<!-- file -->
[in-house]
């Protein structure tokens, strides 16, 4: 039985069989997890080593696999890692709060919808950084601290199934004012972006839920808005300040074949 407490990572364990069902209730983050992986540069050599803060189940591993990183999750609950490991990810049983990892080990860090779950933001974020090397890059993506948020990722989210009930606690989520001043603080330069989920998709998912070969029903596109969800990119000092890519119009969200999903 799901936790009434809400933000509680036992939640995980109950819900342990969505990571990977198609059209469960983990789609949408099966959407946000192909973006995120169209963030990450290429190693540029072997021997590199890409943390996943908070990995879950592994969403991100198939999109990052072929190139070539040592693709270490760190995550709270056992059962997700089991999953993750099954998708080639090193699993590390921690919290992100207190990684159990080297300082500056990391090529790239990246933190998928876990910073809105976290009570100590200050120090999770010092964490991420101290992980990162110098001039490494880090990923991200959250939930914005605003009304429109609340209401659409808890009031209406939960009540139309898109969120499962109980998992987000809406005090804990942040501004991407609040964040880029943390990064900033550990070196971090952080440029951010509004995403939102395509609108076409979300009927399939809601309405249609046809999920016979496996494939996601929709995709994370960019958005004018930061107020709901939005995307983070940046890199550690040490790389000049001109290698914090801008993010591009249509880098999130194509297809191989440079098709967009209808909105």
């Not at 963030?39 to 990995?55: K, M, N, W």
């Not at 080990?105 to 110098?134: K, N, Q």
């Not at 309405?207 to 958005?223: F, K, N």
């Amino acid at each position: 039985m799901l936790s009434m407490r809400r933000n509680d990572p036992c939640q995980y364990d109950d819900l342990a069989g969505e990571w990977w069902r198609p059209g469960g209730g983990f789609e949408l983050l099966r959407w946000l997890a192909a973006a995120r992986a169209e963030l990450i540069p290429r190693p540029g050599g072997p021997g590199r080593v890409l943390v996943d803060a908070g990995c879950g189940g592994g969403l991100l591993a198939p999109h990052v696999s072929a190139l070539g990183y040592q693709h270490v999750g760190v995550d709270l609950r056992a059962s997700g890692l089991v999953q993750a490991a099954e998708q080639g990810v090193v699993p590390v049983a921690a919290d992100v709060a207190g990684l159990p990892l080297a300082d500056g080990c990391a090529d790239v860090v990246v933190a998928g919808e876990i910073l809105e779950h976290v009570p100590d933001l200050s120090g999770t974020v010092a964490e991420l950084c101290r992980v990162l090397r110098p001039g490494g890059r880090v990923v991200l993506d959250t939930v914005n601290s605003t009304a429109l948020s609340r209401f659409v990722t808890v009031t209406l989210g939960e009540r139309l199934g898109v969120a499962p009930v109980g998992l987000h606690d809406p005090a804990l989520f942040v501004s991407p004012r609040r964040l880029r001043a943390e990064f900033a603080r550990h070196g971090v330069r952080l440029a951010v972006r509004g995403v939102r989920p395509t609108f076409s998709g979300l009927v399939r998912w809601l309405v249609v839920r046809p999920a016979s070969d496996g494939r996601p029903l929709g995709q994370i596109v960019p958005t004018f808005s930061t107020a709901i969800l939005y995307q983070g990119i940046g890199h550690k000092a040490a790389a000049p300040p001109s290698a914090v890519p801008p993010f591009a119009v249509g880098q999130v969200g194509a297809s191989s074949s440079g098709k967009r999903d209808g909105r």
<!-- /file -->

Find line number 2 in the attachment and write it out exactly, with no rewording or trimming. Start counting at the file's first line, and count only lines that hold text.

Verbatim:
């Protein structure tokens, strides 16, 4: 039985069989997890080593696999890692709060919808950084601290199934004012972006839920808005300040074949 407490990572364990069902209730983050992986540069050599803060189940591993990183999750609950490991990810049983990892080990860090779950933001974020090397890059993506948020990722989210009930606690989520001043603080330069989920998709998912070969029903596109969800990119000092890519119009969200999903 799901936790009434809400933000509680036992939640995980109950819900342990969505990571990977198609059209469960983990789609949408099966959407946000192909973006995120169209963030990450290429190693540029072997021997590199890409943390996943908070990995879950592994969403991100198939999109990052072929190139070539040592693709270490760190995550709270056992059962997700089991999953993750099954998708080639090193699993590390921690919290992100207190990684159990080297300082500056990391090529790239990246933190998928876990910073809105976290009570100590200050120090999770010092964490991420101290992980990162110098001039490494880090990923991200959250939930914005605003009304429109609340209401659409808890009031209406939960009540139309898109969120499962109980998992987000809406005090804990942040501004991407609040964040880029943390990064900033550990070196971090952080440029951010509004995403939102395509609108076409979300009927399939809601309405249609046809999920016979496996494939996601929709995709994370960019958005004018930061107020709901939005995307983070940046890199550690040490790389000049001109290698914090801008993010591009249509880098999130194509297809191989440079098709967009209808909105």